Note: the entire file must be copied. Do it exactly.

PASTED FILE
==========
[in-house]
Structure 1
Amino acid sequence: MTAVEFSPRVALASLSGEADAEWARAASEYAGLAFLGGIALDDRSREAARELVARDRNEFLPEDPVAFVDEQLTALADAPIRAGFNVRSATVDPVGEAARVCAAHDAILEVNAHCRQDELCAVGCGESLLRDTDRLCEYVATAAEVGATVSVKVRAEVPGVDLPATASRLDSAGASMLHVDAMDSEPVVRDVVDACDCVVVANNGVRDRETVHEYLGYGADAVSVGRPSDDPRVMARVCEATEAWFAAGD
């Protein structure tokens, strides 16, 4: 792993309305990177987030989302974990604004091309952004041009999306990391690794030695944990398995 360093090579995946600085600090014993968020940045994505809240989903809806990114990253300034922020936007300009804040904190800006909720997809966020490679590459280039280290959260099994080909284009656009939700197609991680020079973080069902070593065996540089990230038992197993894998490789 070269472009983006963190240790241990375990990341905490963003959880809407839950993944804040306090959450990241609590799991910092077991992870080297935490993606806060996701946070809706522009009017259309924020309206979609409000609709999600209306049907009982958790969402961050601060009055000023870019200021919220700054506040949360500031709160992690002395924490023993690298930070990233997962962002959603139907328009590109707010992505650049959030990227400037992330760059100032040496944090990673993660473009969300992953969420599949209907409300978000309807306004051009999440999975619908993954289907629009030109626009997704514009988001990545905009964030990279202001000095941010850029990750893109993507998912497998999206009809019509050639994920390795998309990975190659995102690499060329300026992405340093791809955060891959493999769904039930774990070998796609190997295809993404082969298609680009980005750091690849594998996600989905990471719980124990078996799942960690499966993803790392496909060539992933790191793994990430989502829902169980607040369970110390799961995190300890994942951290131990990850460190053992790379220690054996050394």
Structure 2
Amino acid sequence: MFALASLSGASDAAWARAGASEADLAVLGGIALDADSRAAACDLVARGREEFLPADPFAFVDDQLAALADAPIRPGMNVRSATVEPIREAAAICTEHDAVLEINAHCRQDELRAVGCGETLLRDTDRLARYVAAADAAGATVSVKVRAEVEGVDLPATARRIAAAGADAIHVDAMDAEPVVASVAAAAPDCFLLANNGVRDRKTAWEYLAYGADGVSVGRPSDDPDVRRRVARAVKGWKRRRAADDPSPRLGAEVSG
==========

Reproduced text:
[in-house]
Structure 1
Amino acid sequence: MTAVEFSPRVALASLSGEADAEWARAASEYAGLAFLGGIALDDRSREAARELVARDRNEFLPEDPVAFVDEQLTALADAPIRAGFNVRSATVDPVGEAARVCAAHDAILEVNAHCRQDELCAVGCGESLLRDTDRLCEYVATAAEVGATVSVKVRAEVPGVDLPATASRLDSAGASMLHVDAMDSEPVVRDVVDACDCVVVANNGVRDRETVHEYLGYGADAVSVGRPSDDPRVMARVCEATEAWFAAGD
């Protein structure tokens, strides 16, 4: 792993309305990177987030989302974990604004091309952004041009999306990391690794030695944990398995 360093090579995946600085600090014993968020940045994505809240989903809806990114990253300034922020936007300009804040904190800006909720997809966020490679590459280039280290959260099994080909284009656009939700197609991680020079973080069902070593065996540089990230038992197993894998490789 070269472009983006963190240790241990375990990341905490963003959880809407839950993944804040306090959450990241609590799991910092077991992870080297935490993606806060996701946070809706522009009017259309924020309206979609409000609709999600209306049907009982958790969402961050601060009055000023870019200021919220700054506040949360500031709160992690002395924490023993690298930070990233997962962002959603139907328009590109707010992505650049959030990227400037992330760059100032040496944090990673993660473009969300992953969420599949209907409300978000309807306004051009999440999975619908993954289907629009030109626009997704514009988001990545905009964030990279202001000095941010850029990750893109993507998912497998999206009809019509050639994920390795998309990975190659995102690499060329300026992405340093791809955060891959493999769904039930774990070998796609190997295809993404082969298609680009980005750091690849594998996600989905990471719980124990078996799942960690499966993803790392496909060539992933790191793994990430989502829902169980607040369970110390799961995190300890994942951290131990990850460190053992790379220690054996050394």
Structure 2
Amino acid sequence: MFALASLSGASDAAWARAGASEADLAVLGGIALDADSRAAACDLVARGREEFLPADPFAFVDDQLAALADAPIRPGMNVRSATVEPIREAAAICTEHDAVLEINAHCRQDELRAVGCGETLLRDTDRLARYVAAADAAGATVSVKVRAEVEGVDLPATARRIAAAGADAIHVDAMDAEPVVASVAAAAPDCFLLANNGVRDRKTAWEYLAYGADGVSVGRPSDDPDVRRRVARAVKGWKRRRAADDPSPRLGAEVSG